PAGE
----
Avoid the feeding-time wail—look for these signs of a hungry baby.

It's no secret that feeding can be stressful for new parents. There are plenty of questions to ponder: How often should your baby be fed? How do you know if he's getting enough nourishment? Do his nutritional needs change from week to week?

The good news is that your baby is the single best authority for when he needs to be fed and when he is satisfied. His internal regulator for hunger and fullness is fine-tuned to his particular energy needs. That's why rigidly counting the ounces of formula or the number of minutes per breast-feeding session isn't the best way to calculate how much is enough. Instead, pay attention to his cues; his behavior will tell you when he's hungry and when he's full.

Research shows that when caregivers are responsive to feeding cues, infants will regulate their own energy intake. But when babies' cues aren't heeded, they're more likely to become confused about their sensations of hunger and fullness, possibly leading to preferences for less healthful (high-fat, high-calorie) foods and a greater risk for childhood obesity.

Signs That Your Baby Is Hungry

Crying. A hunger cry is usually short, low-pitched, and rises and falls. But crying is actually one of the later signs of hunger. You'll notice other behavioral cues first (such as those below). By the time a hungry baby is wailing, he may be too stressed to start eating easily.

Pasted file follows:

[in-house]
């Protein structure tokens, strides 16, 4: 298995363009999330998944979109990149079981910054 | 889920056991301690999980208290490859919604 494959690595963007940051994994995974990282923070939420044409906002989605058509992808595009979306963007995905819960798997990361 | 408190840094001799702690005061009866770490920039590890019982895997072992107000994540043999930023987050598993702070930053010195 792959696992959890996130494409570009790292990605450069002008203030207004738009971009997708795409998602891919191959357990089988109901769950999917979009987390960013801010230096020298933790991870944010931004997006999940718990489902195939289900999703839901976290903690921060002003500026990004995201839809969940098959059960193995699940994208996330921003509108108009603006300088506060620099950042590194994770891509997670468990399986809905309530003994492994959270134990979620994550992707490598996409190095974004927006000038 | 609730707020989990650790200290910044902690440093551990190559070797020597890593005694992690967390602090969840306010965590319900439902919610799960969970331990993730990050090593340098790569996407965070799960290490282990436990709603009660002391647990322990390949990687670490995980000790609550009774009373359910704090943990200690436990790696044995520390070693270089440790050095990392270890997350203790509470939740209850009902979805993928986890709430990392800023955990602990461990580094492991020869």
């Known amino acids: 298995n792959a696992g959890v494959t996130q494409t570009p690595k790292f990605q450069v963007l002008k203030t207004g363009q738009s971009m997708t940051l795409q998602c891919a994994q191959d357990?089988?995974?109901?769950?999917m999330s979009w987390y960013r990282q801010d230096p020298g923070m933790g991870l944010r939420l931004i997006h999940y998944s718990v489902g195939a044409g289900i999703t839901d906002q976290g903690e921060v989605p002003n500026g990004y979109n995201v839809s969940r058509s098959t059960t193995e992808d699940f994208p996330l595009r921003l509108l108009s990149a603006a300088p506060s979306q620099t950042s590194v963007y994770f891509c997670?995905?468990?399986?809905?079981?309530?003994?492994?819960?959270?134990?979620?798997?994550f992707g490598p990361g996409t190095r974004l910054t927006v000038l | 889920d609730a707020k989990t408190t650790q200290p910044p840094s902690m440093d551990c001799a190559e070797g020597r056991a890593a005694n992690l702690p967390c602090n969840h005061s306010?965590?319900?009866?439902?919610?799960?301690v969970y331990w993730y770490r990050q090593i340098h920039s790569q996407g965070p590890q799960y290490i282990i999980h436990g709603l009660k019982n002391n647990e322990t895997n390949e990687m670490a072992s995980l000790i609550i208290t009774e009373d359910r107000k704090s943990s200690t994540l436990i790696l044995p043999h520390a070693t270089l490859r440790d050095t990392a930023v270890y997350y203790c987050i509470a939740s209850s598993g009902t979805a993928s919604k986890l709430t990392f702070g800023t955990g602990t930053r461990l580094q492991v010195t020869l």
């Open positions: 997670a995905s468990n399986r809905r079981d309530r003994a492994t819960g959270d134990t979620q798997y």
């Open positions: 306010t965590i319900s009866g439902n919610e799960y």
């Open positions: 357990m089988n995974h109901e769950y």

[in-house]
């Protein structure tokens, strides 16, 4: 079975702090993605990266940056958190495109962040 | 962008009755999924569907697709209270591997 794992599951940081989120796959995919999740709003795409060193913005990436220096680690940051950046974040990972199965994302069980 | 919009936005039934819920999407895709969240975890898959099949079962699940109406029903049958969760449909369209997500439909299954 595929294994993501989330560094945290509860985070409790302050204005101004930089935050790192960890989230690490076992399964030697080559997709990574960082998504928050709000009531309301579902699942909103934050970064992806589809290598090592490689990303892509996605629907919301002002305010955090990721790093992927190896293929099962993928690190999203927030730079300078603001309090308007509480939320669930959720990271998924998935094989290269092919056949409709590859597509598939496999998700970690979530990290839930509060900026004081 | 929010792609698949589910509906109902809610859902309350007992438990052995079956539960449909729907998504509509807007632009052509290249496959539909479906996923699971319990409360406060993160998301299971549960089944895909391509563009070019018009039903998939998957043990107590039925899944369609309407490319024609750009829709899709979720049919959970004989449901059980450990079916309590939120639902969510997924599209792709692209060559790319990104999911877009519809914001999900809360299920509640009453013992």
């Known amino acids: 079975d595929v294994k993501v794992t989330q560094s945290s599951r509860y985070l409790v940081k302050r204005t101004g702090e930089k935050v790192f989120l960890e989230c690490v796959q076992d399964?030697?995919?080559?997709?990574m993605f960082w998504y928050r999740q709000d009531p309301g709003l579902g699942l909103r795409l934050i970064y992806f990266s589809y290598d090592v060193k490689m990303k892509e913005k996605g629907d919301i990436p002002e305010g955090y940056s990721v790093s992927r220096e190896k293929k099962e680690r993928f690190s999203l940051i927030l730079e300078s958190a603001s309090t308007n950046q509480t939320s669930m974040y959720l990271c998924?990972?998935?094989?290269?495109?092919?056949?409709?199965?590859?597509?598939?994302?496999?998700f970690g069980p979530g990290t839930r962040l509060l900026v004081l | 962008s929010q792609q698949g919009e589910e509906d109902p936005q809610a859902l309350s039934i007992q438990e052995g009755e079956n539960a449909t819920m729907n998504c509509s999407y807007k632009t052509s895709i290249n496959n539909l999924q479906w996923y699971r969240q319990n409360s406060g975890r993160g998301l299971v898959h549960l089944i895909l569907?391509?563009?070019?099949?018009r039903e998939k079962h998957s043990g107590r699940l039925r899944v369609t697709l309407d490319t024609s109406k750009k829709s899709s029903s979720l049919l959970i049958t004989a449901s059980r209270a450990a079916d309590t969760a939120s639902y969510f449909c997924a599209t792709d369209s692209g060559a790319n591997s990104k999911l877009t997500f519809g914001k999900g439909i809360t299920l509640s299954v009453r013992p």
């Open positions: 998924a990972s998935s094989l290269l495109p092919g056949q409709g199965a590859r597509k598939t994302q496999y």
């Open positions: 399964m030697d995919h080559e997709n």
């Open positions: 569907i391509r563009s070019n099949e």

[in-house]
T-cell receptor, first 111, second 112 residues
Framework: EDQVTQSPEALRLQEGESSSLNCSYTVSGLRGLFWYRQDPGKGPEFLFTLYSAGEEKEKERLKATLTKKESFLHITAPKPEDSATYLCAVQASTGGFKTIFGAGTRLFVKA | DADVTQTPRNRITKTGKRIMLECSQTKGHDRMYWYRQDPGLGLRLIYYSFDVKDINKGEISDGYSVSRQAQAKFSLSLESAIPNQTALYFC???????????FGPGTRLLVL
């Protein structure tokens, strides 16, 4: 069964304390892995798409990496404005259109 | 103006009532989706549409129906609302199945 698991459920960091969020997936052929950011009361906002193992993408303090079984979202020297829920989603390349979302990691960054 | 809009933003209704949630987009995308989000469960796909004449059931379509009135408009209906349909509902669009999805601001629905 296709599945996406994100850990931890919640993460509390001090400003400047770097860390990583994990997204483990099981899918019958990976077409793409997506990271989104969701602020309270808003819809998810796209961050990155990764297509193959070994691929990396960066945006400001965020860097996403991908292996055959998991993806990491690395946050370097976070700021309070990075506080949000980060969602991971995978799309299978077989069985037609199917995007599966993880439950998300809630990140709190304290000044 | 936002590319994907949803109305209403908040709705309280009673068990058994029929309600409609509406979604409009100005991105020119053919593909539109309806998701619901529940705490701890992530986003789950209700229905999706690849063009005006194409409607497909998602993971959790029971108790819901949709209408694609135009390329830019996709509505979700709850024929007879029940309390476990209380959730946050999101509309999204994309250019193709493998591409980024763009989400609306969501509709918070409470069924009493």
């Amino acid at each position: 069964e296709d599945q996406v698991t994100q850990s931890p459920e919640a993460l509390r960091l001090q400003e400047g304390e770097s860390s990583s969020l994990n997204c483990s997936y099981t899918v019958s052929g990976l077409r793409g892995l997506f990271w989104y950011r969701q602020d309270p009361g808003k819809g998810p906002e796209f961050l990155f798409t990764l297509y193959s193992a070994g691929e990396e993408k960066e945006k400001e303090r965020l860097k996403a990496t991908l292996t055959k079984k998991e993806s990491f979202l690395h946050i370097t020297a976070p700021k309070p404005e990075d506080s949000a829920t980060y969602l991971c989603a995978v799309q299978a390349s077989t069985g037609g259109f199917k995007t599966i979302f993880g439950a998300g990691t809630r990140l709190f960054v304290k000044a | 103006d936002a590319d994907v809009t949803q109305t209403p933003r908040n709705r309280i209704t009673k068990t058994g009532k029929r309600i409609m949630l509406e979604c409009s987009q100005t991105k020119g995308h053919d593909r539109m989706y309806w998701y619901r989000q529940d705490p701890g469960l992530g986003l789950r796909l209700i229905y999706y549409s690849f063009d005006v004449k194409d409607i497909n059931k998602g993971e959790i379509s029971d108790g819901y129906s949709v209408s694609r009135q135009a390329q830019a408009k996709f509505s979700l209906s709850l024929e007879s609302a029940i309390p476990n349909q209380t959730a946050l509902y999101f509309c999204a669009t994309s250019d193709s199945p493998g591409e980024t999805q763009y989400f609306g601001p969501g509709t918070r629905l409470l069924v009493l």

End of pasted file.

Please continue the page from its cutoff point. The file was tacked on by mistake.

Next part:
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Waking up and acting restless. Before your baby launches into a full-throated hunger wail, he'll wake up and move around in his crib. He may also move his mouth and raise his hands to his face.

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Sucking on his fist, smacking his lips. If you feed a breast-fed baby when you see these signs, rather than waiting, he'll latch on more easily.

Rooting. During your baby's first weeks, when you stroke his cheek, his natural reflex will be to turn toward the bottle or breast and make sucking motions with his mouth. After 4 months of age, rooting becomes a voluntary action rather than a reflex.

Opening his mouth while feeding. Translation: "More, please!" A hungry baby may continue to show interest in sucking even after finishing the first breast or bottle.

Smiling during feeding. Babies older than 4 months will show their interest in continuing to eat by looking at you and smiling as they feed.

Signs That Your Baby Is Full

Closing lips. Just as a hungry baby suckles readily, a full baby zips his lips, as if to say, "No more, thanks."

Turning his head away. A more forceful version of closing his lips is to move his entire head away from the food source. If your baby turns away from your breast or a bottle, you shouldn't force him to eat.

Decreasing or stopping sucking. Some full babies will stay latched on to the nipple but not suck any more—at which point, it's time to gently end the session.

Spitting out the nipple or falling asleep when full. After about 15 to 20 minutes of feeding, a full baby will often act drowsy and may even fall asleep.

Showing increasing interest in surroundings rather than eating. At around 4 months old many babies begin to get distracted during feedings, as their awareness of the world around them grows. A hungry baby will put this curiosity on hold long enough to feel sated. When he begins looking around more distractedly, it's a sign he's had plenty.